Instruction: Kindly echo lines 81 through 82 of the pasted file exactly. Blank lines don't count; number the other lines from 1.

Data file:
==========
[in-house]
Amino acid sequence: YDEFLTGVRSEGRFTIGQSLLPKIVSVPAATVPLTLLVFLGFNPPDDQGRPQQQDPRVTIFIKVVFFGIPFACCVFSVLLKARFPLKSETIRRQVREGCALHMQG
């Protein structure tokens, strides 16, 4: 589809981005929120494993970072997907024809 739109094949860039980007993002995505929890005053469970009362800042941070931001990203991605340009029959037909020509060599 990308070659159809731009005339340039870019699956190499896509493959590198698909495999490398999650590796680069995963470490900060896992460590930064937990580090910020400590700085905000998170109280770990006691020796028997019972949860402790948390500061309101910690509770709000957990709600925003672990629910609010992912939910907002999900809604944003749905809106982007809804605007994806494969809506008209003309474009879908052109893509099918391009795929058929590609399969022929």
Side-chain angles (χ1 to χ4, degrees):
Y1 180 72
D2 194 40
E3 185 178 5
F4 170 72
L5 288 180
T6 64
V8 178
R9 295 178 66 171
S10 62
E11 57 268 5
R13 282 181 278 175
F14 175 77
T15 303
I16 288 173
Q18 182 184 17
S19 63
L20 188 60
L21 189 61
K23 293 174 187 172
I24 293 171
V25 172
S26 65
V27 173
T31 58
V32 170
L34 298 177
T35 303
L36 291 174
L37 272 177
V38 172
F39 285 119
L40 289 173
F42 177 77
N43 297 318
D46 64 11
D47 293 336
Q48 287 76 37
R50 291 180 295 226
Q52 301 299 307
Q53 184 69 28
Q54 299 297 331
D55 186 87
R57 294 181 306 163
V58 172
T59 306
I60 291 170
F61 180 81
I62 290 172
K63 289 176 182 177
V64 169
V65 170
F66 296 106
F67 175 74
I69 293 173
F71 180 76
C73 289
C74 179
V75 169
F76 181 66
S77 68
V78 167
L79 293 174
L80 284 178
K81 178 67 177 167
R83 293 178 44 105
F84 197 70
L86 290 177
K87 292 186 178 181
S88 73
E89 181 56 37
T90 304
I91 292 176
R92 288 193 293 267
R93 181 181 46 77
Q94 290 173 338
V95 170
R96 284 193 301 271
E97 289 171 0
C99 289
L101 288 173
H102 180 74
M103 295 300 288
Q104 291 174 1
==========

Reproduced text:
R96 284 193 301 271
E97 289 171 0